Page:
Well, it is true; it’s actually happening. The non-profit sector is struggling in a large way. The timing couldn’t be worse: we rely upon so many non-profits to supply their services – from soup kitchens to health care – and the prospect of scaling back (or shutting their doors) is occurring when they are more urgently needed than ever in communities, both large and small, all over the nation. As a point of view, we have to remember that an organization receives its IRS non-profit status only after proving its charitable benefit to the constituency it serves.
If we examine the series of important events over the past months, several specific issues have combined to form that so-called ‘perfect storm’ – we have just finished the most expensive presidential campaign in the history of the country (and, before Obama can deliver his acceptance speech on election night in Chicago, many people were already quite seriously concerned about the economy), state budgets have been squeezed, many of those failing private-sector associations (even Freddie and Fannie) were large contributors to the non-profit industry, and individual donors have seen their economies fall over any other time in their lifetime.
Let’s face it ; the size of the current financial situation – and its effects on the non-profit industry – is enormous.
However, the objective of this article is to supply some positive actions to assist proactive non-profits achieve success (success?) Even during tough times. True, as in the for-profit sector, not all non-profits will endure. We cannot change that reality in a capitalistic society. However, we can encourage non-profits to exude excellence and compete one of their peers for precious funding dollars.
I got an email on March 26, 2009, from a bunch, whose advice I try to follow, known as “IT Solution Journal.”
Wow! That is the topic near and dear to my heart: non-profit compliance in the areas of integrity, governance, and accountability. As I have mentioned in previous articles, I believe that pro-active compliance is a certain way for a nonprofit careers, charitable organization to signal its commitment to excellence.
So, in part, here is exactly what that email had to say:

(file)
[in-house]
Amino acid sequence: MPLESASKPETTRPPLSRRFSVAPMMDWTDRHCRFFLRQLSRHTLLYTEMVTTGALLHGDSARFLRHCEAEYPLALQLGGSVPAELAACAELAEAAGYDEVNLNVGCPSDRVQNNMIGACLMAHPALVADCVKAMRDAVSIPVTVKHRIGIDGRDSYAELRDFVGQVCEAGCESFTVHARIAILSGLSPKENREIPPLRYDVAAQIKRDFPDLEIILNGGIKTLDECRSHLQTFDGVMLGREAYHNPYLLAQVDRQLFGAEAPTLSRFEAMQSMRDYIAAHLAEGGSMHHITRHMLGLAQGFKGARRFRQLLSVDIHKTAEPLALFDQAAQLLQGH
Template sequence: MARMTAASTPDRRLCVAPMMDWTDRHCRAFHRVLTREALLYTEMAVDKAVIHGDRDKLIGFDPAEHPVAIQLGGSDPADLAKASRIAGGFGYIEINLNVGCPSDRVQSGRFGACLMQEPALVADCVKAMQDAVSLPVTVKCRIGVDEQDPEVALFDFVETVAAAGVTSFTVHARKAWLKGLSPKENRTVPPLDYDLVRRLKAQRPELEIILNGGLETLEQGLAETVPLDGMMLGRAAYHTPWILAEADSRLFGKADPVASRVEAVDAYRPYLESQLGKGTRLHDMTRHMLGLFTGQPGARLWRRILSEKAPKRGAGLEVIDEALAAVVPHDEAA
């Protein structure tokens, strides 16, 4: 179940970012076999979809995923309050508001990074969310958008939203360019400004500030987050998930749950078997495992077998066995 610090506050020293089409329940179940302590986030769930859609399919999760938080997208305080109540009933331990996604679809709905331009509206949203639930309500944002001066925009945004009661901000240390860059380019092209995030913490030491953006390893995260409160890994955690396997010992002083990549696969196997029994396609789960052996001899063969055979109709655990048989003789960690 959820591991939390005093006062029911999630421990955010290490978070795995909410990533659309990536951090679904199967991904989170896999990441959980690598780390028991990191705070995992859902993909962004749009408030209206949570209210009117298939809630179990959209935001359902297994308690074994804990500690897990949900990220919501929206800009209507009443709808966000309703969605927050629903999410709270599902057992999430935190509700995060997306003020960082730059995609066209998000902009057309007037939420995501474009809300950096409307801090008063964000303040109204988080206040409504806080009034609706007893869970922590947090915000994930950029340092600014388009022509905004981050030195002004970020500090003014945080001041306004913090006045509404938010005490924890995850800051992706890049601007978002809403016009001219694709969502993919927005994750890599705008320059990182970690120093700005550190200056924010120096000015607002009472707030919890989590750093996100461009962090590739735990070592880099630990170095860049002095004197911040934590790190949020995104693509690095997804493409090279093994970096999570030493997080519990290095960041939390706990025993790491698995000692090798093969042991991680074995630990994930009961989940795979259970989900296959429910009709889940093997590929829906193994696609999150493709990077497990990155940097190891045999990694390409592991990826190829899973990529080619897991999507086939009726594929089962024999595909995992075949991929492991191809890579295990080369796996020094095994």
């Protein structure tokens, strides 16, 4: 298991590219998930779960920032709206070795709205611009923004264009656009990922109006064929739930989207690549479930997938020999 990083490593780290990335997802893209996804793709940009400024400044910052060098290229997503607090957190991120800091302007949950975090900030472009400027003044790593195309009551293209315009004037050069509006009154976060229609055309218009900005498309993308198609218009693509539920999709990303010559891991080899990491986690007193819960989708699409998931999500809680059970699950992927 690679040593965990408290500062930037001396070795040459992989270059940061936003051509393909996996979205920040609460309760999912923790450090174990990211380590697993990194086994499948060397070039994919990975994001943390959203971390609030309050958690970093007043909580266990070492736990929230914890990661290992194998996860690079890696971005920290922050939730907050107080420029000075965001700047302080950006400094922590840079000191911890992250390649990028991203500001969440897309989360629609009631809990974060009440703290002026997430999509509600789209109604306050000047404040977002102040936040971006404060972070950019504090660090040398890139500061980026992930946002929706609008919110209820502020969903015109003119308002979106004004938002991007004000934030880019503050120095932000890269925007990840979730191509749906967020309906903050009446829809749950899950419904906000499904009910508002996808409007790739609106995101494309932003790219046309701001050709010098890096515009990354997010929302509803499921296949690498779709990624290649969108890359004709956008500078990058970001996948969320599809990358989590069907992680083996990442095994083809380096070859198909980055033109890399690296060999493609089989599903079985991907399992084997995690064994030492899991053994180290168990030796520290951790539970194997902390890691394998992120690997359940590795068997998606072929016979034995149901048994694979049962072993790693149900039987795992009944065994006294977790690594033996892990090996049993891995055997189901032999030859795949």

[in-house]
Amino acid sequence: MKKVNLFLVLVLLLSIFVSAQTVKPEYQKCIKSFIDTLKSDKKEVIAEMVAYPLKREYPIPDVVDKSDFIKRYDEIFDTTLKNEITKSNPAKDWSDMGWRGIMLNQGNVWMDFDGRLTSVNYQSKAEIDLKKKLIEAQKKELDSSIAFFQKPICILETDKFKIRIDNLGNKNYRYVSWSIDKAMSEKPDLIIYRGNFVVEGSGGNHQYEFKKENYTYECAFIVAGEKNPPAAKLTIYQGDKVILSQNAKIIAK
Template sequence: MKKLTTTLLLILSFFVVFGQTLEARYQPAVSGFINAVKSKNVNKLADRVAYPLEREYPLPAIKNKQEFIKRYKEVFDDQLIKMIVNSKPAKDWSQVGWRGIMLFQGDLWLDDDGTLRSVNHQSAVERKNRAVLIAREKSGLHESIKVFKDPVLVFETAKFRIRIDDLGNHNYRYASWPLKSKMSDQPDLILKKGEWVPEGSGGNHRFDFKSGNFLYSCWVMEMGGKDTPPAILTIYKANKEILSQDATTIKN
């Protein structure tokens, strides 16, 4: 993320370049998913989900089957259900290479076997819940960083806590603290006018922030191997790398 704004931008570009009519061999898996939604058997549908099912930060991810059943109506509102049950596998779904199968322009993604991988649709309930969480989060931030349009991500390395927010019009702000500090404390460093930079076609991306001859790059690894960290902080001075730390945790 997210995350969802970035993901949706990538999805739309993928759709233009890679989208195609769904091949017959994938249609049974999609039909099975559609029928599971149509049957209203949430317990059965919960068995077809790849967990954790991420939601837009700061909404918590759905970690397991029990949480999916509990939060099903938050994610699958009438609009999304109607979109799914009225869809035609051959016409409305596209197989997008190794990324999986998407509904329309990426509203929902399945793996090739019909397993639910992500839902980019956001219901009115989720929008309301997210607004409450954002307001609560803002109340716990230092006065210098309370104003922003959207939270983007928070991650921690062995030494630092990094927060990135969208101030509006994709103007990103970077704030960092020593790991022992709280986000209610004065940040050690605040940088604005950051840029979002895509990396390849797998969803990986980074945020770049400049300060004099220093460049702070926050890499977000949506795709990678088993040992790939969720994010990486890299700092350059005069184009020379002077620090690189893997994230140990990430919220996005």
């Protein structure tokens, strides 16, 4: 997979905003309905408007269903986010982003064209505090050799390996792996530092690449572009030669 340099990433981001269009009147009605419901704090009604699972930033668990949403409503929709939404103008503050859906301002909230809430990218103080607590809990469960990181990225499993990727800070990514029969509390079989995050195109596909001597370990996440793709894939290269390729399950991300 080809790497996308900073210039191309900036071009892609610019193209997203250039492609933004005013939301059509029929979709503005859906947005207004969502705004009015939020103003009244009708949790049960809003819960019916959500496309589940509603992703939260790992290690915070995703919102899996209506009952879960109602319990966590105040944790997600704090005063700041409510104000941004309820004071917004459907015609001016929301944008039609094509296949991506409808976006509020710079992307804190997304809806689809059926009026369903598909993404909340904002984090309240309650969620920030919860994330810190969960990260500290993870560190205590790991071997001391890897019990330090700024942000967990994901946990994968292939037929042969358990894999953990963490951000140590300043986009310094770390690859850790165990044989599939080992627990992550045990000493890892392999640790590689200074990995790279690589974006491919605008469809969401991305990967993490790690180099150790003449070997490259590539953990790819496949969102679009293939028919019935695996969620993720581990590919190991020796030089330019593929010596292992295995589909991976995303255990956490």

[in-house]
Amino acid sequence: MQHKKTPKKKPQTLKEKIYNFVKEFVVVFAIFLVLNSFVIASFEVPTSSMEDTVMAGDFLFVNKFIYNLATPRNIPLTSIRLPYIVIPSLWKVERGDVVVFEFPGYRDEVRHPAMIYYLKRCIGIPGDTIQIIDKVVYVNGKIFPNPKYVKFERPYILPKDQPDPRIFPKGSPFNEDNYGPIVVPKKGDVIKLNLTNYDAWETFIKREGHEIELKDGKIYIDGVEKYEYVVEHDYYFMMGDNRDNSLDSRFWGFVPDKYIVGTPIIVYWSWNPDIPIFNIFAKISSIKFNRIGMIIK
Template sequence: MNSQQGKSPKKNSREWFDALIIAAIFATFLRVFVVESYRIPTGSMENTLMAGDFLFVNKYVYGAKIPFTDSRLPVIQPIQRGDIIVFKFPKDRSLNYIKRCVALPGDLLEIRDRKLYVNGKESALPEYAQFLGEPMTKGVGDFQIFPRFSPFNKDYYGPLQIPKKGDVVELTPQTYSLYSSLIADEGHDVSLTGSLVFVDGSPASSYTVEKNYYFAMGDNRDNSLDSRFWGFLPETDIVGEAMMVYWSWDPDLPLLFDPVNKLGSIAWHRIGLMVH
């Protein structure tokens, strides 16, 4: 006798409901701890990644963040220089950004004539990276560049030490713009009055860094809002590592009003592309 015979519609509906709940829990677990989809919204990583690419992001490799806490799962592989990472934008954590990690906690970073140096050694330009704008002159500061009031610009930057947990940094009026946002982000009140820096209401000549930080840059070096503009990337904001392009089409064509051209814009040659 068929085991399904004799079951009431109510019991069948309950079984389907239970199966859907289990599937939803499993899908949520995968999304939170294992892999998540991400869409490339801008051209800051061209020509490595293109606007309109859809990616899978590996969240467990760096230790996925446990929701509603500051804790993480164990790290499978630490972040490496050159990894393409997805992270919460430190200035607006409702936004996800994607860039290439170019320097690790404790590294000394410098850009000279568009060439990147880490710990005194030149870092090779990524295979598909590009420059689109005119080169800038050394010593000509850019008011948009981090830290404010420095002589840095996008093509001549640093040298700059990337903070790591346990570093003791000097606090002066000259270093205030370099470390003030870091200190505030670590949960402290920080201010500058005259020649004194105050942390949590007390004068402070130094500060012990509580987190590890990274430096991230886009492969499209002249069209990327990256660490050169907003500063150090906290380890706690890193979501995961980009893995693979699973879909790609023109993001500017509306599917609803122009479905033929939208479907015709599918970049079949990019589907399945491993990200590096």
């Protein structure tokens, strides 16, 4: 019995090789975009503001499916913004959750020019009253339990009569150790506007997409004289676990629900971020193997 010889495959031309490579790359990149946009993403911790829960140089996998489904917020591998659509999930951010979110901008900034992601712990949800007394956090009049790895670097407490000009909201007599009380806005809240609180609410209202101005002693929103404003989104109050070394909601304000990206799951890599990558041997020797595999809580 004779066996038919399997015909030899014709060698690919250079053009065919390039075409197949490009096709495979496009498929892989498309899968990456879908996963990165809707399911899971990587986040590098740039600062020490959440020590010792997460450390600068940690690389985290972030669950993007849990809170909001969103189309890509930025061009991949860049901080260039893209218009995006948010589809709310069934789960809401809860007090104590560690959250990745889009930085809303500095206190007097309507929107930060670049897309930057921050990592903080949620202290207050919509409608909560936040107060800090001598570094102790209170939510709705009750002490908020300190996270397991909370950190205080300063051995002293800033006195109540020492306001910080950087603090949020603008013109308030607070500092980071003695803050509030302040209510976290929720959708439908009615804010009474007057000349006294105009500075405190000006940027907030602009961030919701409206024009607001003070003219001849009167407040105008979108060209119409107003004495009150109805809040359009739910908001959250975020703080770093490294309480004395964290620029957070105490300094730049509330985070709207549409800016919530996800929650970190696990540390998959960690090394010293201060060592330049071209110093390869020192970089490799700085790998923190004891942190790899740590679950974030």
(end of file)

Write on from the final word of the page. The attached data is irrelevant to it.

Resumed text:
“Organizations of all types and sizes, industries and professions have long been mindful of the need for legal and regulatory compliance.
The good news: My experience has been that non-profit organizations have been exceptionally resilient over the years. And, my belief is that non-profit organizations are better-suited to address a number of their most pressing problems than the government-sector or even the private-sector organizations.
As well as the good thing: I am concerned that most non-profits have not been as diligent as they should with their regulatory compliance. So far, the crucial document for a non-profit, charitable organization was the IRS Form 990, filed yearly. It’s my opinion that this will start to change more and more (as I have mentioned in prior articles regarding the focus that Congress has placed on non-profit compliance along with the higher scrutiny it has mandated into the IRS.
Foundations are observing their endowments drop, thereby making the situation for less grant funds as well as their boards struggle with eroding investment portfolios. The same goes with individual donors. So, how can a fighting non-profit gain an advantage?
I have five suggestions:
1. Do not panic. Now’s the time for calm, cool, collected thinking.
2. Make necessary changes. If there are board members or staff members that aren’t serving the business adequately, replace them. Now’s the time to rally your best and brightest minds and your ardent supporters.
3. Review your IRS compliance requirements. Ensure that you have your policies in place – and, make sure that you are following them. Ethics, governance, and accountability measures will speak volumes.
4. If you are fortunate to have an endowment, utilize it. Avoid seeing the stock exchange amounts daily. Keep in mind focused on the future.